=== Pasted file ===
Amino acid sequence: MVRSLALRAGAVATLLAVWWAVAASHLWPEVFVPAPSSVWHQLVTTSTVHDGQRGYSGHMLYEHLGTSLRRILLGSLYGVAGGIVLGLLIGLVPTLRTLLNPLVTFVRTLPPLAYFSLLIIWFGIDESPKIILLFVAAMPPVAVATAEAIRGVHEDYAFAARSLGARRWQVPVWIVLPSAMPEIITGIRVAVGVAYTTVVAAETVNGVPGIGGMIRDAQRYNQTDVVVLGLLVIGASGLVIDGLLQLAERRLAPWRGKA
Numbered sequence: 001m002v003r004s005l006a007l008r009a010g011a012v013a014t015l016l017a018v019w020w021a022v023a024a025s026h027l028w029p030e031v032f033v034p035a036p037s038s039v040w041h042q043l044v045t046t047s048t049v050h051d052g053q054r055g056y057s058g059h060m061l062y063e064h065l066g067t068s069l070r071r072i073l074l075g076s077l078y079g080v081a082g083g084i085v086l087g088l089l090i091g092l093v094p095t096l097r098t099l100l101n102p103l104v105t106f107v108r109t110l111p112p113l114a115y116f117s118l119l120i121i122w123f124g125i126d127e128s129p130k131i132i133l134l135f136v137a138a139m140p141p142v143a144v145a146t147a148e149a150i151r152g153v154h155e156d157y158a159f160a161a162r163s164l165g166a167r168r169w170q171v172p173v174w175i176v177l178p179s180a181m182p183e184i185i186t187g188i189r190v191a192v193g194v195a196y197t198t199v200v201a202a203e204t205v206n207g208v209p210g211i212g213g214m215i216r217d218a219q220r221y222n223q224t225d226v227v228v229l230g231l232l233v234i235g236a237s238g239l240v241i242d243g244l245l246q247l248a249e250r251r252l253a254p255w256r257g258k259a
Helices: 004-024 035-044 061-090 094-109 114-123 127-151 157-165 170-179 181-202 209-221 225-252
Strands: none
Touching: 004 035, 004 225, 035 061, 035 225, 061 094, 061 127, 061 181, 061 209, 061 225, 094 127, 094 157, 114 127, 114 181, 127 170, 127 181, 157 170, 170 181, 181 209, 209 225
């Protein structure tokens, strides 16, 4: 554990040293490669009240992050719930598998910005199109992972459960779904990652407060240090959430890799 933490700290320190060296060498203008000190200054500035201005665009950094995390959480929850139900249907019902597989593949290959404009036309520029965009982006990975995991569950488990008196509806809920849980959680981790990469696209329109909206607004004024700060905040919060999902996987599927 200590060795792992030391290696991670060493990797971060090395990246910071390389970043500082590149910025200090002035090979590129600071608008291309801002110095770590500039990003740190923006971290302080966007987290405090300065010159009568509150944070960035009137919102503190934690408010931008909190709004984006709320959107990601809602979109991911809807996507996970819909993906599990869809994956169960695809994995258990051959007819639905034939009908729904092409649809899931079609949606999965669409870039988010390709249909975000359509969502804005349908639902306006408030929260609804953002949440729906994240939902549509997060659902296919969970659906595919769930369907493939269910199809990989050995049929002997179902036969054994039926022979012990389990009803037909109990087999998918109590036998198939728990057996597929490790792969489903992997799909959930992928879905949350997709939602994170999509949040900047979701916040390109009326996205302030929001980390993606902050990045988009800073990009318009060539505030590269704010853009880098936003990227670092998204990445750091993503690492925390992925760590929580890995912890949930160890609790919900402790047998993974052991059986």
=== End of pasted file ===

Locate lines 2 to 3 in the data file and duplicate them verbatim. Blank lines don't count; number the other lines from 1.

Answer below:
Numbered sequence: 001m002v003r004s005l006a007l008r009a010g011a012v013a014t015l016l017a018v019w020w021a022v023a024a025s026h027l028w029p030e031v032f033v034p035a036p037s038s039v040w041h042q043l044v045t046t047s048t049v050h051d052g053q054r055g056y057s058g059h060m061l062y063e064h065l066g067t068s069l070r071r072i073l074l075g076s077l078y079g080v081a082g083g084i085v086l087g088l089l090i091g092l093v094p095t096l097r098t099l100l101n102p103l104v105t106f107v108r109t110l111p112p113l114a115y116f117s118l119l120i121i122w123f124g125i126d127e128s129p130k131i132i133l134l135f136v137a138a139m140p141p142v143a144v145a146t147a148e149a150i151r152g153v154h155e156d157y158a159f160a161a162r163s164l165g166a167r168r169w170q171v172p173v174w175i176v177l178p179s180a181m182p183e184i185i186t187g188i189r190v191a192v193g194v195a196y197t198t199v200v201a202a203e204t205v206n207g208v209p210g211i212g213g214m215i216r217d218a219q220r221y222n223q224t225d226v227v228v229l230g231l232l233v234i235g236a237s238g239l240v241i242d243g244l245l246q247l248a249e250r251r252l253a254p255w256r257g258k259a
Helices: 004-024 035-044 061-090 094-109 114-123 127-151 157-165 170-179 181-202 209-221 225-252